Giving up your own opinion … to please a*******

As some folk will know, I have a particular aversion to political correctness and as I look back on my own life I reckon I have suffered because of it more than having benefitted. Part of that is down to my propensity of speaking my mind and a lack of wisdom at times in my choice of words. But I see PC as having, on balance, a detrimental effect on society. In my twilight years now I am past caring, I can express what I feel without fearing recriminations, reasoning if I don’t who will stand up to the PC mafia. For this reason, when I saw the following meme I shared it on my Facebook page, and then was taken aback by the number who “liked” it, leading me to believe others feel similarly, and my tiny contribution to waking people up to what is happening is having an affect.

The first google hit when searching for a working definition of political correctness was “the avoidance of forms of expression or action that are perceived to exclude, marginalize, or insult groups of people who are socially disadvantaged or discriminated against”, which I consider reasonable and one “the other side” would find acceptable. One point made by a member of the other side is that political correctness can be a good thing given the hurt and harm caused by people who do voice their opinion, especially if using derogatory language. My own view is that people should be free to express an opinion providing they don’t break the law designed to protect those who could be untowardly affected as a result, and it is not unreasonable for employers etc. to insist that their employees moderate their tone, although sadly as I review cases over the last ten years from an employee being demoted as a result of expressing a view that gay marriage is wrong on his social media page to a rugby star (interestingly doing something similar regarding a related matter) being released from his contract, I conclude we are seeing the bad side of political correctness. I also recoil at the thought that those who arbitrate on whether a voiced opinion is acceptable are NOT the good guys. Later, and by chance, a friend happened to share a newspaper clipping of someone due to share in BBC’s “Thought for the Day” being told to withdraw the words “Christian heritage” when pointing out this is an important reason for some of the positives in our culture and because he refused his contribution was not accepted. Even today I was told to desist when offering politically incorrect views concerning climate change in what I thought was an open to all Facebook discussion.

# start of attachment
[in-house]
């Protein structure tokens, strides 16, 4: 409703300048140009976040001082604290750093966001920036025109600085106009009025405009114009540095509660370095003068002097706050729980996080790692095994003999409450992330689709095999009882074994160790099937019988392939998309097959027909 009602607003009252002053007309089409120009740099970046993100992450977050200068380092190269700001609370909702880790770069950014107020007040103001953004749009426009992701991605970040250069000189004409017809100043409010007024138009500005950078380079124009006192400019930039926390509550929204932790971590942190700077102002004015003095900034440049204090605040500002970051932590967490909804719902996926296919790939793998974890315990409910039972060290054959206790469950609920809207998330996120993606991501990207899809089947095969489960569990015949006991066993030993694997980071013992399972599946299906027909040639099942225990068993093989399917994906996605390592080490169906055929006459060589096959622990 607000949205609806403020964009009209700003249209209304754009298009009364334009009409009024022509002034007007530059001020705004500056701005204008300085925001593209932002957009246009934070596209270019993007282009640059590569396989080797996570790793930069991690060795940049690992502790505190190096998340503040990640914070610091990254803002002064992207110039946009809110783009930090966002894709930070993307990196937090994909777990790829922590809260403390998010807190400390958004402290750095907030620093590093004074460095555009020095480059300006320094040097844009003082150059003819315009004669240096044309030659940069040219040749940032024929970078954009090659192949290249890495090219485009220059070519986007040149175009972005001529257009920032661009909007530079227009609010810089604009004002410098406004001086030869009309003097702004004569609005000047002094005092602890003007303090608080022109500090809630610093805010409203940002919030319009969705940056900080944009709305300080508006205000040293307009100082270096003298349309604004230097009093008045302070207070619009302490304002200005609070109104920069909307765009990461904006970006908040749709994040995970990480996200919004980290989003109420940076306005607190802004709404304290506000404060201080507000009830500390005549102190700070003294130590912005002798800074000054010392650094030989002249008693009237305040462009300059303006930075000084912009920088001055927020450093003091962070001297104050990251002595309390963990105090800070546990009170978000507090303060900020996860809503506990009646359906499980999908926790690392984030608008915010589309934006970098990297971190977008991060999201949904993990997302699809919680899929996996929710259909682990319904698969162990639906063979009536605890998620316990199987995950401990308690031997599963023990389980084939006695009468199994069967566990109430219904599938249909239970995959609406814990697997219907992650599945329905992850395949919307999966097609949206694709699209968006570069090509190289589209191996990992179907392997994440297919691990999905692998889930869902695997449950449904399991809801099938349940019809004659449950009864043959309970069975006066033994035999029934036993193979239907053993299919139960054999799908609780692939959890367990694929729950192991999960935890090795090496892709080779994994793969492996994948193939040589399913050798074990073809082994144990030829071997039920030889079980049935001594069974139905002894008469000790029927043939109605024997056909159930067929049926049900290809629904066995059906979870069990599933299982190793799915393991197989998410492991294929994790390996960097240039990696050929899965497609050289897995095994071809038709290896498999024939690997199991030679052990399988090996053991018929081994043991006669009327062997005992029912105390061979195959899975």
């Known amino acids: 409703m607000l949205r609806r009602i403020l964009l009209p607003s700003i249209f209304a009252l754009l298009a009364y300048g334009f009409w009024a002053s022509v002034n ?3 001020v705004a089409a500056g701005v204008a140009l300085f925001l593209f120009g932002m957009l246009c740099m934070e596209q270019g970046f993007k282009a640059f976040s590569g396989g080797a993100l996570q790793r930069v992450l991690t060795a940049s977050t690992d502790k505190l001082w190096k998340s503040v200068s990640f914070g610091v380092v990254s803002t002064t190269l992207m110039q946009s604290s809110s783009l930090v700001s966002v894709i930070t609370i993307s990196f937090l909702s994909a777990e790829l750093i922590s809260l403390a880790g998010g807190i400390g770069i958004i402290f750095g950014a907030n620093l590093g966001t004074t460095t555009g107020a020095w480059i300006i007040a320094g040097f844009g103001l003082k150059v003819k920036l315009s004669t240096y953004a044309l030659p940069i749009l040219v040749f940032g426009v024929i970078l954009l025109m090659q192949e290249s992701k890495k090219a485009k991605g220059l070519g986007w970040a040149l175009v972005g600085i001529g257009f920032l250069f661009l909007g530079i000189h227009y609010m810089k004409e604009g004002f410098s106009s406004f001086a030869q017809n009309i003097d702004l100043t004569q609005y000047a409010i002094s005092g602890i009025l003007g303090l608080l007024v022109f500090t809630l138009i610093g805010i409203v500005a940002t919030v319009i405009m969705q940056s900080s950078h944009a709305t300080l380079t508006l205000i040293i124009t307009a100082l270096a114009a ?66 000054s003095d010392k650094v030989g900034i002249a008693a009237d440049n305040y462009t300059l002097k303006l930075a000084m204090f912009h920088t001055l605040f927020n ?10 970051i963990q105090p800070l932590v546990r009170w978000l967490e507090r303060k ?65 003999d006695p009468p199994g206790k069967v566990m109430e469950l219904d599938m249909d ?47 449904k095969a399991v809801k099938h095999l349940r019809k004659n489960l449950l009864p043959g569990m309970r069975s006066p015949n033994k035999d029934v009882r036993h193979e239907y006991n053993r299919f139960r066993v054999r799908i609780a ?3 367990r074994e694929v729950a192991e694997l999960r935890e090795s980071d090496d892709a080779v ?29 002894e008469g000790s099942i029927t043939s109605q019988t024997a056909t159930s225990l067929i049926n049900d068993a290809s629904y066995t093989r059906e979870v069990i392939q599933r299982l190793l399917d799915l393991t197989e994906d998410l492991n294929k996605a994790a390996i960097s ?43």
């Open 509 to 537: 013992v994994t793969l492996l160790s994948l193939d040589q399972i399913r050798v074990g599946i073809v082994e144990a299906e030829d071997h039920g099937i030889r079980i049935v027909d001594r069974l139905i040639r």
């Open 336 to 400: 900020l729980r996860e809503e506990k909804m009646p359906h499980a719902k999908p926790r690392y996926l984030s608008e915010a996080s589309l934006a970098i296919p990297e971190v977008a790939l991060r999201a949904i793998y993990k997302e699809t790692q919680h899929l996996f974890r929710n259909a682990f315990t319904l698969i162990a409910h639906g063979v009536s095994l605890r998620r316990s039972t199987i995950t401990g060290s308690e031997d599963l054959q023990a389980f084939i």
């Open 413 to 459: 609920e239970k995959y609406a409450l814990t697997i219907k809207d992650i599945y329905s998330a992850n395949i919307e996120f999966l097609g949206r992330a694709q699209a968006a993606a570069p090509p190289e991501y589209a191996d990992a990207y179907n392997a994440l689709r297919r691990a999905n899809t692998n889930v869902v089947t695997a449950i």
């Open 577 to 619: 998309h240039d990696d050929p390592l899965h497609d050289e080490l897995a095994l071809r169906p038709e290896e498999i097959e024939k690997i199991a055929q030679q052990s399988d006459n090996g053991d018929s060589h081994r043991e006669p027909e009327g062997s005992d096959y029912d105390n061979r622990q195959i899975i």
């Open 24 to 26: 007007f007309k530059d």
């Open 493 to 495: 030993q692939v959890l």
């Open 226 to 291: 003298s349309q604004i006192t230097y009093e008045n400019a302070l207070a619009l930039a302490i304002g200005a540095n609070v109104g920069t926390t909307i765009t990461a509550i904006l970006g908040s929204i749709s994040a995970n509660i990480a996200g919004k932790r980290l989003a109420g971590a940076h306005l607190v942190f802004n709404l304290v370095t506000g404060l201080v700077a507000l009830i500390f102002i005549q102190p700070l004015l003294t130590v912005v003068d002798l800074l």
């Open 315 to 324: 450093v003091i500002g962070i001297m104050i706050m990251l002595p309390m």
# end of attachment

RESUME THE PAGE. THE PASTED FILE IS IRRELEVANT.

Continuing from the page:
Going back to the meme, I was taken to task for sharing by a Christian friend: “I wonder if it’s a good example to post memes with profanity? The Bible says … James 3:11 “Doth a fountain send forth at the same place sweet water and bitter?”” While I felt the meme was worth sharing because it made an important point and the originator may not feel as constrained as me and my friend when it comes to using profanities in making a point, I have to concede she may be correct because one of the unintended consequences of offering an opinion is it could stumble the very people we want to reach.  As for me, I will keep banging the drum regarding my aversion to political correctness and the harm it does in not allowing the free exchange of ideas and for people to offer a view. At the same time, it is back to one of my favourite passages concerning there being a time for everything under the sun. We are in a culture war and how, on the matter of political correctness, this will pan out, we cannot be sure. Historically, there has always been constraints when offering an opinion, and not just how we express that opinion but all the acceptability according to those with the power of that opinion.  Where I am now (in the UK) I should count myself fortunate within limits I can do so, but it isn’t like that everywhere and may not be so here, sometime soon. And while I would counsel the mother to use more moderate language, her response to her daughter’s “what is political correctness” question is essentially and regrettably correct.

Whether or not something is true is more important than if it is politically correct, and while I can see a case for calling people out for inappropriate use of language and for challenging an opinion if one disagrees with that opinion, truth should be the yardstick when judging this, not whether according to cultural norms etc. that opinion and the way it is voiced meets PC standards. And even if that opinion really is wrong (but who is qualified to say so) that is a price to pay for having a free society. Finally, I would encourage anyone to follow the wisdom of the good book (expressed in my second meme), especially on the time to keep silence / speak.

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